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The best brand advocates are sitting right next to you

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by Bryan Dollery
on

We take a look at how your employees or team-members can become informed and capable brand advocates. All it takes is a little training and content marketing.

Someone watching your back, someone fighting in your corner, someone bearing your flag - these are the kinds of people a brand needs for visibility and positive buzz. Securing someone like that can be a struggle, but there is an often underutilized resource that can make life easier – and you’re sitting right in it.

Your team members, your staff, have an extensive collective network through their personal social media channels. Of course, what they post and share is up to them; they share the content that is relevant or interesting to them. So what if we can grow their pride in the brand, and make it so they are interested enough to want to discuss it after clocking off? This week’s Keyword is Brand Advocacy, and we’ll take a look at how your workforce can grow into a fleet of informed advocates.

Training

People want to learn. Every day we learn something new, but it’s the valuable lessons that give us the sense of personal and professional growth. Obinna Ekezie, CEO and co-founder of Africa’s leading full-service travel company, writes for Forbes on the matter of training. “Employees who are continuously trained and learning will naturally have increased morale and love for their jobs,” he says. “Education is the root of everything, and the more knowledge employees are equipped with, the more capable they will be in accomplishing their own personal goals.”

By arming your employees with the knowledge and tools they need to improve their performance, it also boosts their morale and positive association with their workplace. IBM’s thought leadership program is a perfect example: it gives employees the chance to learn how to blog while encouraging their creativity and collaborative skills. To date, around 2,000 posts have been published under the program, all by employees from various teams and departments.

 

"Employees who are continuously trained and learning will naturally have increased morale and love their jobs."

Obinna Ekezie, Co-founder and CEO of Wakanow.com

 

Market internally

B2C writes that content marketing can be used as a means to train your employees, but perhaps another, more organic angle to this is that training your employees is actually a form of content marketing. Prioritize the growth and development of your team, not the importance of advocating the company or brand - employees who feel valued will be inclined to do that anyway.

In the case of IBM's thought leadership program, staff were trained to create content themselves. As B2C points out, it's also possible to provide employees with content they can share. Remember, certain content is best suited for certain channels. For example, articles with a more professional tone might find a better audience on LinkedIn, while less formal content might be more at home on Facebook or Twitter.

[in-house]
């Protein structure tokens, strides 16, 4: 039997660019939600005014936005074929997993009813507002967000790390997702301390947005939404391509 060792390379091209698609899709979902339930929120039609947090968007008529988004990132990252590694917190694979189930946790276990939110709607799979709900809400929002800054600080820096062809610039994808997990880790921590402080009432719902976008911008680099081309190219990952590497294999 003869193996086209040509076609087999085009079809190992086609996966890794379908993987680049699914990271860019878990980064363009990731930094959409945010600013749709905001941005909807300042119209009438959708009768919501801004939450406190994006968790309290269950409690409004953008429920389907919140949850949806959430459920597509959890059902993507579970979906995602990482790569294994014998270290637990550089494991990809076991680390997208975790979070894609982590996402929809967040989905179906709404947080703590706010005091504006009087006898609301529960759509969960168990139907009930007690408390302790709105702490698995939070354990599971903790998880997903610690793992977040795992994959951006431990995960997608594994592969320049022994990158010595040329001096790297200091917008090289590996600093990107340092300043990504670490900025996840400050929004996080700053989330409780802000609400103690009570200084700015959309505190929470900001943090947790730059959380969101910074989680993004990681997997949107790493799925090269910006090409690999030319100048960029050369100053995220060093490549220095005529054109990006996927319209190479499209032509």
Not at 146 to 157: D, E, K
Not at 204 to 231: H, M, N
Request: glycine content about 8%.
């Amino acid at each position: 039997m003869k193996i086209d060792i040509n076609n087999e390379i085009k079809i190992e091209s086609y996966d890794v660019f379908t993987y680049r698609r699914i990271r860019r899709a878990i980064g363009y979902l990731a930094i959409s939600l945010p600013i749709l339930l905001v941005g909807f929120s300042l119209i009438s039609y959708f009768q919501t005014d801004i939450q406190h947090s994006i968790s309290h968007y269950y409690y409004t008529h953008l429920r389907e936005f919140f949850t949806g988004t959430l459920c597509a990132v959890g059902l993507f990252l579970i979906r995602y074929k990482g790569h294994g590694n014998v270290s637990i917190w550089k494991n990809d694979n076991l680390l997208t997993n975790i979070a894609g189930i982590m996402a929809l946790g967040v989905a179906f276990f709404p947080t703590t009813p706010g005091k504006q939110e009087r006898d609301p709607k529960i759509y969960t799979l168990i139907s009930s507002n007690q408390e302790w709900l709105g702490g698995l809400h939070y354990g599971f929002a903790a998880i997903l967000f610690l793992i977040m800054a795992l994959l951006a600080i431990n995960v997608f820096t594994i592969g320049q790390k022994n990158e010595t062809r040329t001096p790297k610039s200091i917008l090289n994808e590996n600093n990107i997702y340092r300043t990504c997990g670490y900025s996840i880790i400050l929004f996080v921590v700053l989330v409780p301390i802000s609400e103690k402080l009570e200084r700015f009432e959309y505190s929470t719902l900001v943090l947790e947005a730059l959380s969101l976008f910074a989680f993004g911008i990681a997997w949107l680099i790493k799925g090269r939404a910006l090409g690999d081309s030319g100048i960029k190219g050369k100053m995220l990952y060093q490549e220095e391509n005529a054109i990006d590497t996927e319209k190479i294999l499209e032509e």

FAST FACTS

On brand advocacy, Hootsuite, says:

  • 92% of people trust brand advocates
  • 9 out of 10 consumers trust their friends and family members' recommendations more than anyone else's
  • Just 2 out of 10 consumers trust online ads

Incentivize advocacy

Forbes lists seven ways to identify and engage brand advocates; what’s interesting here is that many of these can be quite easily applied to your employees. Points five and seven for example essentially translate to incentivizing; awarding prizes or just stocking the company fridge with goodies are potential ways to reward high volumes of post shares or well-written pieces. Point six in the list is “feature them in your blog.” This is especially applicable in our case because not only is it easy to make time for an interview with someone internally, but it makes your employees understand that you value the work they do. In short, this is a great resource for solid content that might also score you one more brand advocate.

Part of Hootsuite’s suggestion for building a brand advocacy program is to include your employees. They point out that 52% of consumers think of employees as credible sources of information about a business. Positive messages are going to hit home harder if they come from both your customers and your employees.

Let’s not forget, work is a considerable portion of our lives, so it’s no surprise we’re inclined to talk about it at home with the spouse, or at the bar with friends. Since the initial costs involved in training and marketing to your own employees is minimal, it's a great investment to ensure those conversations are positive. Furthermore, these costs are far outweighed by the outcome of a capable, informed, equipped, and passionate team. Training your employees and giving them a say increases their positive feelings for the company – in other words, by equipping them to advocate the brand, you’re already developing their willingness to do so.

Need a hand securing your brand advocates?

If you’re interested in working with us, please visit our Contact page. If you’d like to join the team, please take a look at our Careers page.

Sources

  1. Hootsuite: 5 Common Brand Advocacy Challenges and How to Solve Them
  2. Hootsuite: How to Build a Brand Advocacy Program
  3. Business 2 Community: How Content Marketing Can Be Used to Train Employees
  4. Forbes: Seven Ways To Identify And Engage Brand Advocates
  5. Forbes: Your Success Starts With More Frequest Employee Training